EdGCM: Real-time Global Climate Modeling Research for the Classroom

submitted by

Mark Chandler Columbia University/NASA Goddard Institute for Space Studies.

EdGCM is a full-scale, 4-D, student-friendly, global climate model (GCM) that runs on inexpensive desktop computers, which allows students to conduct meaningful research studies in global climate. The project encourages collaboration among the science-research, undergraduate, and pre-college communities.
GSA Poster (Acrobat (PDF) 16MB Oct27 03)

Learning Goals


Higher Order Thinking Skills:

Inferring, interpreting, drawing conclusions from maps, graphs, tabular data. Scientific investigation using modeling concepts.

Other Skills:

Demonstration of effective scientific communication by clearly describing aspects of the natural world using simulation results, data, graphs, or other appropriate media to convey depth of conceptual understanding of climate change.


Instructional Level:

6-12, undergraduate, graduate, can also be used for original research purposes by departments lacking large-scale computing resources or scientific programming support.

Skills Needed:

Basic knowledge of climate topics to be investigated. Basic understanding of the concept of modeled versus observed data. Experience with point-and-click personal computer use.

Role of Activity in a Course:

This activity can be integrated into a variety of climate study topics and can be used as a focal point for collaborative education/research projects. It allows students to conduct scientific studies, utilizing a powerful, student-friendly version of an application, which climate scientists use in their everyday research activities.

Data, Tools and Logistics

Required Tools:

The EdGCM software suite runs on both Macs and PCs, though java 1.3 must be installed in order to run the included mapping and plotting software. Also, a couple of utilities are currently Mac-only.
Minimum system requirements:
Macintosh: G4 processor or better running Mac OS X 10.3.9 or higher.
Wintel PCs: Any computer running Windows XP/Vista/7.

Logistical Challenges:

EdGCM is designed to run on both Macs and Windows PCs. No linux version is available. Newer computers run the experiments much faster than older computers. A new basic consumer level PC or Mac would run the GCM at about 200 simulated years/day. Many newer computers are "dual-core" or greater. Such computers can run one GCM simulation per core at full speed.


Evaluation Goals:

Evaluation Goals: To determine from participants, following teacher/undergraduate-training workshops, the potential effectiveness, at various instructional levels, of the EdGCM application and its supporting educational materials.
Evaluation Techniques: Prior to each workshop, participants will complete a pre-evaluation questionnaire focusing on their expectations. In the post-workshop assessment they will be asked to provide oral and written comments regarding whether or not their expectations were met. Also, suggestions from participants for modifications to the EdGCM application and its associated educational materials will be requested.

Evaluation Techniques:


EdGCM is a combination of software and materials that make it possible for teachers to run one of NASA's research-quality Global Climate Models (GCMs) on inexpensive desktop computers. GCMs are one of the primary tools used today in climate research. Unfortunately, few educators have access to GCMs, which generally require large-scale computing resources and scientific programmers to operate. Hence, most students miss out on excellent opportunities to participate in real-world research projects that are both current-event driven and actually affect their lives.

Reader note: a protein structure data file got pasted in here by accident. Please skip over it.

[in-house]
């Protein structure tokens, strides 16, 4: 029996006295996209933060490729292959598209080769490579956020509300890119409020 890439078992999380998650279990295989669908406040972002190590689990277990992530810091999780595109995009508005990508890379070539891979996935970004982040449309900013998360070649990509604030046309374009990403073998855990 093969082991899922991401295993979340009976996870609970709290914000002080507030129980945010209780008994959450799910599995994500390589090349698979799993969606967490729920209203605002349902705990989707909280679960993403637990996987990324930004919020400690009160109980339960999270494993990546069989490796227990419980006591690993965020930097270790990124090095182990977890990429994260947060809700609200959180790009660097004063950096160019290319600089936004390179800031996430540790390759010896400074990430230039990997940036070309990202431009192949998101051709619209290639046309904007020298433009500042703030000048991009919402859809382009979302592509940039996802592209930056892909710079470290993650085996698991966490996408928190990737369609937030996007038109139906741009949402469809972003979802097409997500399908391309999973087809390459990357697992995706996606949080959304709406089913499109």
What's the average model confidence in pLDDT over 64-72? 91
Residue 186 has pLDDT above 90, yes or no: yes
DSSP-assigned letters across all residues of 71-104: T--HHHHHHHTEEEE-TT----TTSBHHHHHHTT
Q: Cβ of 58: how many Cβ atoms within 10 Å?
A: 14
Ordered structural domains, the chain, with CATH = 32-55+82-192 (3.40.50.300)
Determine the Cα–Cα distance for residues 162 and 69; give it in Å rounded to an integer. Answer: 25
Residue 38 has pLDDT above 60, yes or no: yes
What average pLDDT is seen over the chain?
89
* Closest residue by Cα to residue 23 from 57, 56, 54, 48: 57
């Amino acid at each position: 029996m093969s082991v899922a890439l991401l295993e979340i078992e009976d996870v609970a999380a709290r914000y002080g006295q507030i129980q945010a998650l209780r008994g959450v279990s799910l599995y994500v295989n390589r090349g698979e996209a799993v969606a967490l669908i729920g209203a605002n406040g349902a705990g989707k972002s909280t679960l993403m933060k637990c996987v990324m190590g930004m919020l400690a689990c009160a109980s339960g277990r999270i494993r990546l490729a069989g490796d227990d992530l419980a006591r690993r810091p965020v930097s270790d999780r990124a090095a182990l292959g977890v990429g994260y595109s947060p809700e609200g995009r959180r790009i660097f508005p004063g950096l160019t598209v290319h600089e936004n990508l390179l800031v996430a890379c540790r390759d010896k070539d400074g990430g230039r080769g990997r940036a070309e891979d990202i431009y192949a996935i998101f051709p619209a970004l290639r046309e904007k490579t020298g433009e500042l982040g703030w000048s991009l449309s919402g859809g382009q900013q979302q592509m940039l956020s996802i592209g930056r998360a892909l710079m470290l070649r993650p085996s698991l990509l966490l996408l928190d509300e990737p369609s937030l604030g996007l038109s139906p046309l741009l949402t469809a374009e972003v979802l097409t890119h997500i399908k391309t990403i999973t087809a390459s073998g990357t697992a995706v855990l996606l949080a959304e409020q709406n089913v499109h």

Our goal is to improve the quality of teaching and learning of climate-change science through broader access to GCMs and to provide appropriate technology and materials to help teachers use complex models effectively. EdGCM includes a full-scale GCM, which is still in use at NASA labs and universities. However, it also includes a broad package of user-friendly software that allows teachers to manage the GCM and its output in a manner that is appropriate for the classroom, yet similar to the way climate scientists actually work. Experiments are automatically archived in a searchable database and easy-to-use utilities for mapping, plotting, and data analysis are integrated with the climate model. In addition, EdGCM makes it easy for teachers to produce their own instructional materials including text, plots, images and even specialized simulation scenarios. It also allows teachers and students to easily report research results to the web and to exchange experiments with scientists and educators across the internet.
EdGCM will permit students to explore the fundamentals of climate science utilizing tools identical to those used in major climate research programs. Many simple climate experiments are possible (e.g. How does the sun warm the planet?), but, it is also possible to conduct in-depth investigations, in near real-time, as they are being studied by climate scientists. Examples include global warming, climates from the geologic past, and El Nino events. EdGCM comes with a variety of pre-prepared scenarios for investigating popular topics (greenhouse effect, the ice ages, climate of the dinosaurs, etc.). However, teachers can easily construct their own simulation scenarios and they can identify key variables to be made available for students to analyze. EdGCM scales for use at grade levels that range from high school to graduate school, making it a unique tool for linking research to the classroom. Our future plans involve the creation of an EdGCM Cooperative, a network of researchers and educators actively collaborating on climate research projects. Future versions of EdGCM will make the climate model accessible to middle schoolers and the general public as well.